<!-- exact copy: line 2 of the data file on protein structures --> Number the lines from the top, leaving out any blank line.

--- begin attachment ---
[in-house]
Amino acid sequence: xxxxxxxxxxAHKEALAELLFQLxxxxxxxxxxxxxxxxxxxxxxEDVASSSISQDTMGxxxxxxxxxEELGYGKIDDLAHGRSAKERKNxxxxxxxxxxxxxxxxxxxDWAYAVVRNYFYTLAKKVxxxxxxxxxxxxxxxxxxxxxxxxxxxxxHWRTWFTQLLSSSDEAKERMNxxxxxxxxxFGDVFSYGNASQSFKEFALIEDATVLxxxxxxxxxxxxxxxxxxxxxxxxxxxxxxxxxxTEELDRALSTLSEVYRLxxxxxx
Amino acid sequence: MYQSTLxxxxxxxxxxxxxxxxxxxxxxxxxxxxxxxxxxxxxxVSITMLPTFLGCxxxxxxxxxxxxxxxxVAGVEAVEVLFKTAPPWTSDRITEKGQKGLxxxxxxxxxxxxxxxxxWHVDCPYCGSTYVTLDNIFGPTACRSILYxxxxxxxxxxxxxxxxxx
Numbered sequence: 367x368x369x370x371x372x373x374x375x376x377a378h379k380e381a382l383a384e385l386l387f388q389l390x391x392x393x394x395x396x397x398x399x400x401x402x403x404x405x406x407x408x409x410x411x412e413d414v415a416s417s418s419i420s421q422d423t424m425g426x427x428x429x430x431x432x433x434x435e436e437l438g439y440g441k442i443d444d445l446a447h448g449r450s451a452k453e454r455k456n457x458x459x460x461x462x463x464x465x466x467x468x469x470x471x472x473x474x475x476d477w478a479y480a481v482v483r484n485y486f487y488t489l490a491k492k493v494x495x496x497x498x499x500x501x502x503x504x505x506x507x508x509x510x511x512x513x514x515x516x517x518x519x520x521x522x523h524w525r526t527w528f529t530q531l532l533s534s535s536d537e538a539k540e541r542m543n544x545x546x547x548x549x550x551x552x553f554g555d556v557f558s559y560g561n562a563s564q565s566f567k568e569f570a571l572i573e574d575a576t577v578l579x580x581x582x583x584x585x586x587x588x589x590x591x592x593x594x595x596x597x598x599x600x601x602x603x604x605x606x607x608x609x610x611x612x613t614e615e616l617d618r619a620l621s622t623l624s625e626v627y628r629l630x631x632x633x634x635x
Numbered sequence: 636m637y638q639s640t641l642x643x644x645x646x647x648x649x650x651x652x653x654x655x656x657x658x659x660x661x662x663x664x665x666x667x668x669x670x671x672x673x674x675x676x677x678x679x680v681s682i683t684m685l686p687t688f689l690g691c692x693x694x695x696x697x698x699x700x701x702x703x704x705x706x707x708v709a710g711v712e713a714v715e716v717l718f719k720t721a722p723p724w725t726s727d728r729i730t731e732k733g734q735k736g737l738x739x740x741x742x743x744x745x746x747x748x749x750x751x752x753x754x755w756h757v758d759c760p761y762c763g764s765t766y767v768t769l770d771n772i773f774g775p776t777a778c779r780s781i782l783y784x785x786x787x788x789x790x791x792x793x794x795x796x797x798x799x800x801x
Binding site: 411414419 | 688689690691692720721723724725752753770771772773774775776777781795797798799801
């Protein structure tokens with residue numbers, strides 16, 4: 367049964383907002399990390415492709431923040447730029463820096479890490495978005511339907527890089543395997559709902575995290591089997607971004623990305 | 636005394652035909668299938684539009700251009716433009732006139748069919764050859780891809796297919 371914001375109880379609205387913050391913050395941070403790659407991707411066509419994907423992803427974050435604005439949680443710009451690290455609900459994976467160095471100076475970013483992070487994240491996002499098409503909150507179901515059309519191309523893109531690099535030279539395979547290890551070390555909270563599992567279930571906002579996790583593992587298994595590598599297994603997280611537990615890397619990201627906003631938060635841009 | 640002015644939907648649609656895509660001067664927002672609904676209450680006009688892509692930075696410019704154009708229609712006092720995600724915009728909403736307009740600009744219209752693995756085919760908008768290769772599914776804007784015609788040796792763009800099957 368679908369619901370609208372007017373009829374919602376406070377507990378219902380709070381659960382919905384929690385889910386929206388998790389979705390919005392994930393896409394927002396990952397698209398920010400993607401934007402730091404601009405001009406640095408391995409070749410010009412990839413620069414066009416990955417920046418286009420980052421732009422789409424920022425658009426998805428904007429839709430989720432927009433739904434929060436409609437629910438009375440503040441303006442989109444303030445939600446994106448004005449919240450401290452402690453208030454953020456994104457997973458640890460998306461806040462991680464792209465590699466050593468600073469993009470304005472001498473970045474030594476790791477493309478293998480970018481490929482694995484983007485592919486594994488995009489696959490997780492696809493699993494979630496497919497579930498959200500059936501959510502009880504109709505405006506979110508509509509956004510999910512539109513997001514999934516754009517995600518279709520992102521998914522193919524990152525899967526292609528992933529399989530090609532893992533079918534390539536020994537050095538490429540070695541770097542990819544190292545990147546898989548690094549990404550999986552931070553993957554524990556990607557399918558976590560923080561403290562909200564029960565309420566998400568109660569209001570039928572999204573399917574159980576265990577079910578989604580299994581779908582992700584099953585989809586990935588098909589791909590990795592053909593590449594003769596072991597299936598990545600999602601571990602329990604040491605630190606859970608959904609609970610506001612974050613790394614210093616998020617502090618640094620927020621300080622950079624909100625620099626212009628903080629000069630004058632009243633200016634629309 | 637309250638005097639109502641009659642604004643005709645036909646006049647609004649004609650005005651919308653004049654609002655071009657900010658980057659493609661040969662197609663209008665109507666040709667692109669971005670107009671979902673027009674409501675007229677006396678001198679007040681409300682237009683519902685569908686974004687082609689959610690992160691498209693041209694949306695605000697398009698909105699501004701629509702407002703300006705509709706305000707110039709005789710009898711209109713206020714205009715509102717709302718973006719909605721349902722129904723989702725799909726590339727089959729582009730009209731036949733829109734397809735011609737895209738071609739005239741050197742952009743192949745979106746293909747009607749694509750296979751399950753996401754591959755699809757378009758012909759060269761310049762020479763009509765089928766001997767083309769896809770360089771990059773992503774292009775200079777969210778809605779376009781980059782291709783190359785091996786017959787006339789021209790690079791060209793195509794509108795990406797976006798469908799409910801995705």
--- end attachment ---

Amino acid sequence: xxxxxxxxxxAHKEALAELLFQLxxxxxxxxxxxxxxxxxxxxxxEDVASSSISQDTMGxxxxxxxxxEELGYGKIDDLAHGRSAKERKNxxxxxxxxxxxxxxxxxxxDWAYAVVRNYFYTLAKKVxxxxxxxxxxxxxxxxxxxxxxxxxxxxxHWRTWFTQLLSSSDEAKERMNxxxxxxxxxFGDVFSYGNASQSFKEFALIEDATVLxxxxxxxxxxxxxxxxxxxxxxxxxxxxxxxxxxTEELDRALSTLSEVYRLxxxxxx